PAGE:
first flights

Fancy a flight to Paris? Charles Lindbergh did.


Spirit of St. Louis courtesy Smithsonian Air & Space Museum

So much chatter these days about amenities we want on long trip from say, New York to Paris, so let’s just take a moment today to tip our hats to Charles Lindbergh, who left New York for for Paris on the morning of May 20, 1927.

Thirty-three hours, 30 minutes, and 3,610 miles later he landed safely at Le Bourget Field, near Paris.

He was flying alone. So no one brought him a meal, a pillow a blanket or even a tiny bag of peanuts.

Read more about the plane and the flight here.

That first flight and that screaming baby

My Alaska Airlines flight from Las Vegas to Seattle Tuesday afternoon provided a great refresher course on what’s great – and what’s not – about modern day air travel.

The great part: the people you end up talking to.

The not so great part: crying babies.

On this very full flight there was one inconsolable child who cried and screamed pretty much the entire flight. I was sitting a row behind the family and I could see that they were trying to remain calm and solve the problem, but nothing seemed to work.

I thought I was a hero there for a second when the crying stopped after I passed the little girl the frog-shaped flashlight I travel with. But after a few seconds, she went right back to weeping and everyone on the plane went back to rolling their eyes and plugging their ears.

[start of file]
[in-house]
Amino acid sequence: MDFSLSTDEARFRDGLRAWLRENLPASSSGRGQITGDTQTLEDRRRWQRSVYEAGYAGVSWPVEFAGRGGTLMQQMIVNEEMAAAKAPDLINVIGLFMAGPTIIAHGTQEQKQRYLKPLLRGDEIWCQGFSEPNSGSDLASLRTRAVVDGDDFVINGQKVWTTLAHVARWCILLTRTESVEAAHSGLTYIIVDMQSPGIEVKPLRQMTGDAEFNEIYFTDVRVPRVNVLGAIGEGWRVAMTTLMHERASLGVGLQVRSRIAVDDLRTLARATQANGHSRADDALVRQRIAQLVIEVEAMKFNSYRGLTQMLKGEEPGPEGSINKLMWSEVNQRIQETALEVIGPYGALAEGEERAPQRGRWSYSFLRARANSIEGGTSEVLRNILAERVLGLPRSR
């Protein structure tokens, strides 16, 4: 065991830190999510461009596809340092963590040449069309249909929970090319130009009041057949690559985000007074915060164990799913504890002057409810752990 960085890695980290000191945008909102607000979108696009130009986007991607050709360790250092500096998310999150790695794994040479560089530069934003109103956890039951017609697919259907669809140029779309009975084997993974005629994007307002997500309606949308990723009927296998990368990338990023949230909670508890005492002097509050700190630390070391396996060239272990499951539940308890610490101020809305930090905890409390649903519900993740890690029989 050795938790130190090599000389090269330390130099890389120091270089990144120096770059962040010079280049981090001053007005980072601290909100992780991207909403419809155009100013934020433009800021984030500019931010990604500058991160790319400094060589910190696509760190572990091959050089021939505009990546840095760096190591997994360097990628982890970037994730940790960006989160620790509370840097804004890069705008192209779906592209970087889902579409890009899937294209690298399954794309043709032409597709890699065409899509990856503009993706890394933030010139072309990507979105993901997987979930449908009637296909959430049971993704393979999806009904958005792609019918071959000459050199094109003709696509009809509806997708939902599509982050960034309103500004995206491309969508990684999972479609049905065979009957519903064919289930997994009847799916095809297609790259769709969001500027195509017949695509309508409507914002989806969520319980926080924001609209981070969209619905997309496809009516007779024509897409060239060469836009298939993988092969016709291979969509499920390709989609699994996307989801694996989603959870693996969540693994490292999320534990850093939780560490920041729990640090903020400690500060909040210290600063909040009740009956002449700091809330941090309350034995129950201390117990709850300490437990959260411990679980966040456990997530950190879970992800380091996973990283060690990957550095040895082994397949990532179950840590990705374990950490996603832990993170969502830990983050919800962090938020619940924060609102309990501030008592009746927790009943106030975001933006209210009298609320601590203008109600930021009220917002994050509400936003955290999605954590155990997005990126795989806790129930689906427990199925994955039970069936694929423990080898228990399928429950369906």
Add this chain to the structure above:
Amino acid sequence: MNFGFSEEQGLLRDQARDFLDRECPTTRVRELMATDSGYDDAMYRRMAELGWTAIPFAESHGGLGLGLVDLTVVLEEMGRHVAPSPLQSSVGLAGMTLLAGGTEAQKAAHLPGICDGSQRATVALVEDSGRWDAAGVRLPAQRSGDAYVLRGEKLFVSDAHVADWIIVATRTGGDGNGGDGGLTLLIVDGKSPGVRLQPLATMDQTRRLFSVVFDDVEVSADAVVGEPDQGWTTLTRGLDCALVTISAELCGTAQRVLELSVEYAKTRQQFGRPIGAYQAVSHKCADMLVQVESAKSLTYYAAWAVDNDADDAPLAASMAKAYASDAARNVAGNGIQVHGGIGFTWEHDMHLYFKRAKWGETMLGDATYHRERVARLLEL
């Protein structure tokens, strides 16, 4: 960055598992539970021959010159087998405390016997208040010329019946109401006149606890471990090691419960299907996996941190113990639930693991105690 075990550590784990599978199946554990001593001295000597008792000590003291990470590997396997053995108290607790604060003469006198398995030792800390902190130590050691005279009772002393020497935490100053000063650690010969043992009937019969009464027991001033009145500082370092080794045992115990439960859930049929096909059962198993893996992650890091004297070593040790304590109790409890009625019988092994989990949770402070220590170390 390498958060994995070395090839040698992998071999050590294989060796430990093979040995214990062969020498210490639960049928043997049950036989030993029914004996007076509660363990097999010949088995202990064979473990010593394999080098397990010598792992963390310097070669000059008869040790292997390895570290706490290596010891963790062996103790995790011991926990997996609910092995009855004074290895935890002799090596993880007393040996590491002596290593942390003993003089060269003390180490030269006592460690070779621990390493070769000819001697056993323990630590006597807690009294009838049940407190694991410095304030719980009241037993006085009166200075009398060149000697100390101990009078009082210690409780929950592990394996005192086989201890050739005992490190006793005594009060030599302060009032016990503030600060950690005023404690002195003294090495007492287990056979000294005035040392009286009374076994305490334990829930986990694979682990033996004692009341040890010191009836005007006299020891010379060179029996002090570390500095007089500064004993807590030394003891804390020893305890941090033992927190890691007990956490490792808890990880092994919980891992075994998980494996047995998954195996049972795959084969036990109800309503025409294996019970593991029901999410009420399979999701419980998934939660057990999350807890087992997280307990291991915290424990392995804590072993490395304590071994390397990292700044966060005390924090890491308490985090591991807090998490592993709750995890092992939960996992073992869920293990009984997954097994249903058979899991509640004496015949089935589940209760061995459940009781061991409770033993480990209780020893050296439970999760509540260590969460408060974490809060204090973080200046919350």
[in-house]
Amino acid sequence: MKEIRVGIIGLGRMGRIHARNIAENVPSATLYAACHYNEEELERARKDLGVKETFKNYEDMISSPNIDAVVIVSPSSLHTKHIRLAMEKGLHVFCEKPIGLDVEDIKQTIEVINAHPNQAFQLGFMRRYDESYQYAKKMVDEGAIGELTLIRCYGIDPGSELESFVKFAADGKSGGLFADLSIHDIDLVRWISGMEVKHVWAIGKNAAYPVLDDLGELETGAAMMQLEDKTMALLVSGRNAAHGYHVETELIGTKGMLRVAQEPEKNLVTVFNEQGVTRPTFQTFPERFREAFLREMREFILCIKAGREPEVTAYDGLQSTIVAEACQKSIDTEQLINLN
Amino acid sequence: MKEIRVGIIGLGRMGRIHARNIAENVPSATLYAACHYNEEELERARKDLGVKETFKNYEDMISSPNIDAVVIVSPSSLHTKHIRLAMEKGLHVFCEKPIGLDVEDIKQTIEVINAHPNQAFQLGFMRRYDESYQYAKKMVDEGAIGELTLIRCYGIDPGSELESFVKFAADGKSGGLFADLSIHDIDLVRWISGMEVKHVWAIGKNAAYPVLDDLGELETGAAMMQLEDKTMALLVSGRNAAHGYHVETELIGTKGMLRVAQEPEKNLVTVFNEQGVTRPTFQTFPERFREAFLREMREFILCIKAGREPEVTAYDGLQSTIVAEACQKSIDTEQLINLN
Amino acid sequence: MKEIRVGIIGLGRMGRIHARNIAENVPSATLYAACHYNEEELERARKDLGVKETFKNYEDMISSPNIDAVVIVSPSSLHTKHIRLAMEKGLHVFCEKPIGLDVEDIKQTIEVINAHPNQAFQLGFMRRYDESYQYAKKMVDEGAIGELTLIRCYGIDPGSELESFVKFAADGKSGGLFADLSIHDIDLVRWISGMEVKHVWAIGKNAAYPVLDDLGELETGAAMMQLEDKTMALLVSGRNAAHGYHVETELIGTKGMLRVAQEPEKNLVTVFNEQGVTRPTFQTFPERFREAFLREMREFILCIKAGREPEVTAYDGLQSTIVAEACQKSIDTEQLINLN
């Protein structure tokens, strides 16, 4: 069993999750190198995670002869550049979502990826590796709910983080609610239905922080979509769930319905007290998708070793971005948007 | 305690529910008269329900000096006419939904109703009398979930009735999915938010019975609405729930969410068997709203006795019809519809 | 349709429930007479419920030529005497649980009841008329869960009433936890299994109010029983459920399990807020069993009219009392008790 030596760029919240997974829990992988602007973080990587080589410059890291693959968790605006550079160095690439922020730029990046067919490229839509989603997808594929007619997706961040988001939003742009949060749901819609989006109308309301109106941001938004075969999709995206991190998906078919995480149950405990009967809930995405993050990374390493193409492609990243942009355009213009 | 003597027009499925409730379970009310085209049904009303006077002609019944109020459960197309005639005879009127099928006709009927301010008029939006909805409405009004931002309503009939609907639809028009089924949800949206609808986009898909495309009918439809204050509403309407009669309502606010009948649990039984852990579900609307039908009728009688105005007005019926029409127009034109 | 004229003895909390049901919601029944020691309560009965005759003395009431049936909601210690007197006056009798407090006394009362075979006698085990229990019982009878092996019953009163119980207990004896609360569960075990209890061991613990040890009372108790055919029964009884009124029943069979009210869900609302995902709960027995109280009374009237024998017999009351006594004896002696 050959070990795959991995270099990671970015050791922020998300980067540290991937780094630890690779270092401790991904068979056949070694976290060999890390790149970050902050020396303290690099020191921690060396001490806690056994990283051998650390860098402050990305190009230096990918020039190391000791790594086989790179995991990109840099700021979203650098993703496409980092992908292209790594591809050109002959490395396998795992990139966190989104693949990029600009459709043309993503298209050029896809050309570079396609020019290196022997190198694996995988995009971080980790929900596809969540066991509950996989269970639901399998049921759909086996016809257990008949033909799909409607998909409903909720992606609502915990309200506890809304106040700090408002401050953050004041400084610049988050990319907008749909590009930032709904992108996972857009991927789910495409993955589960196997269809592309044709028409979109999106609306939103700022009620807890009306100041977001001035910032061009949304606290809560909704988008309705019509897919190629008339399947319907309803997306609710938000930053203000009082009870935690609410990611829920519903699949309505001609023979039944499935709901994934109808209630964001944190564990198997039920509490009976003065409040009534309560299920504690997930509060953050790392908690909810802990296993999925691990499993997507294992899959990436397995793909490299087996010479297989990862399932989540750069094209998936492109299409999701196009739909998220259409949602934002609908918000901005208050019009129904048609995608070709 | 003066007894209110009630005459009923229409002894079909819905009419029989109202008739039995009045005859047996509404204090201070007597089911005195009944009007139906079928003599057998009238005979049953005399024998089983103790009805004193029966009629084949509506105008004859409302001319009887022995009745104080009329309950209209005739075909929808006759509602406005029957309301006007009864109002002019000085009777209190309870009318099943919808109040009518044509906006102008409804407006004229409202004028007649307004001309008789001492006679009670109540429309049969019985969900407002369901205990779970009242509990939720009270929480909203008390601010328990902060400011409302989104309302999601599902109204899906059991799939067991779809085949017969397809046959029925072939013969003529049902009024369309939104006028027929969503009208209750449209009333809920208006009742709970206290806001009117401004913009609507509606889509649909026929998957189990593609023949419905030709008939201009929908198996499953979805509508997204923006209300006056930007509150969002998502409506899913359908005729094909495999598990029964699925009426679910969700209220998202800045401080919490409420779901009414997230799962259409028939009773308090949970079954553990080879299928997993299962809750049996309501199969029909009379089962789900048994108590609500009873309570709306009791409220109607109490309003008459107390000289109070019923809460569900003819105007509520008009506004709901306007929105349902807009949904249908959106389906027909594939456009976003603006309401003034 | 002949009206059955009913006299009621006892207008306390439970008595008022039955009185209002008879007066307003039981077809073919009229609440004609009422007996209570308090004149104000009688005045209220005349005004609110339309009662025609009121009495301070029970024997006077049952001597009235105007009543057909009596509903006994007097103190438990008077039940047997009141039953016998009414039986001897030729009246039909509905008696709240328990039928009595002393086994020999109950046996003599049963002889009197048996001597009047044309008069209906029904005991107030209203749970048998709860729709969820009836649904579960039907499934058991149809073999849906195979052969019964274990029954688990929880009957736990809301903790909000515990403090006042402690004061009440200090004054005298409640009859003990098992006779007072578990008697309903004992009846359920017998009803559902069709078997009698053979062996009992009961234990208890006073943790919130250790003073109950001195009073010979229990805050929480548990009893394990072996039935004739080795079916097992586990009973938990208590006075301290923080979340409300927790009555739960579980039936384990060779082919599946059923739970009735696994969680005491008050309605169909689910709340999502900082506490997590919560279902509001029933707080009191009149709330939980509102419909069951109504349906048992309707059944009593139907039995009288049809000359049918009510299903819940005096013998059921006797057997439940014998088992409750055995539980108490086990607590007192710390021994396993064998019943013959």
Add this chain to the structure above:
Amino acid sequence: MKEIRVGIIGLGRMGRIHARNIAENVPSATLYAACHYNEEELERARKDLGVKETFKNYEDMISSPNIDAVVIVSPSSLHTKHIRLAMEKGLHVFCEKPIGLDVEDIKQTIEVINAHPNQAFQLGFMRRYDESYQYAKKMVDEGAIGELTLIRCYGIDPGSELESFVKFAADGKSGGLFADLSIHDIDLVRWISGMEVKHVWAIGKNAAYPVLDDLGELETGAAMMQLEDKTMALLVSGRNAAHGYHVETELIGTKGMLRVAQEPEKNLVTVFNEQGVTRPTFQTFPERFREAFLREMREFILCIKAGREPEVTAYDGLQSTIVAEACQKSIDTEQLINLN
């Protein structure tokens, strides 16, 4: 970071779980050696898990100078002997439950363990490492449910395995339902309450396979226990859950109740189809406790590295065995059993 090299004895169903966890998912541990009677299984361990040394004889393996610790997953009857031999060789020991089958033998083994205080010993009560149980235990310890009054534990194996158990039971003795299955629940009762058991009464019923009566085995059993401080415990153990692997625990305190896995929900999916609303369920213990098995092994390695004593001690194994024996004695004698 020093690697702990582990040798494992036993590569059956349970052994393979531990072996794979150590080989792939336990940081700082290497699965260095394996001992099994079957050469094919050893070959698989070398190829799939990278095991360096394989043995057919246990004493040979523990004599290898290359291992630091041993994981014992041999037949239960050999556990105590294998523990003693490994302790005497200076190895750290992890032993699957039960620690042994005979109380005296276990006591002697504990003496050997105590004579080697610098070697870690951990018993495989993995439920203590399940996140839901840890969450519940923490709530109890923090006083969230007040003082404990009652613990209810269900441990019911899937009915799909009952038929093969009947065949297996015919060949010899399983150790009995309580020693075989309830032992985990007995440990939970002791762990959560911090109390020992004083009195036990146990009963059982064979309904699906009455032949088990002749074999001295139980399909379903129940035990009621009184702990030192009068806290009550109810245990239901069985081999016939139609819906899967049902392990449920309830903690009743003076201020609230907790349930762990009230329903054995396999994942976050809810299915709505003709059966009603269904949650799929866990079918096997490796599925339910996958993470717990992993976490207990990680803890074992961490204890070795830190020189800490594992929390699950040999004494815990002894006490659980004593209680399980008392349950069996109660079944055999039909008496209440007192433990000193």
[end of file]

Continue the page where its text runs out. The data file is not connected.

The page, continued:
That’s the not so great part.

The great part: meeting people who aren’t bored (yet) with flying.

In my row, there was a 15 year-old girl going home to Seattle who apologized for making me and Mr. Middle Seat get up so she could take her seat by the window. She told us she’d insisted her mother get her that seat because she was nervous about flying alone.

Mr. Middle Seat chatted her up during the flight and as we all got up to leave he asked her if she was still nervous. She was, she admitted, because now she was afraid she wouldn’t find her mother in the airport.

I offered to walk out with her and on the way she told me that on the first leg of the trip, she couldn’t find her friend for at least a half hour when she landed in Las Vegas.

After asking assorted – unhelpful – people for help, she ended up crying and calling her mother, who said “Do I have to fly to Las Vegas to get you?”

So we walked off the plane together, down the concourse, down two sets of escalators, past the baggage carousels and out to the curb. A second-nature trek for me, but definitely daunting and confusing when seen through the eyes of a newbie traveler.

My new buddy called her mom, who said she’d be pulling up momentarily. And I said good-bye to what I hope is now a more confident traveler already planning her next great adventure.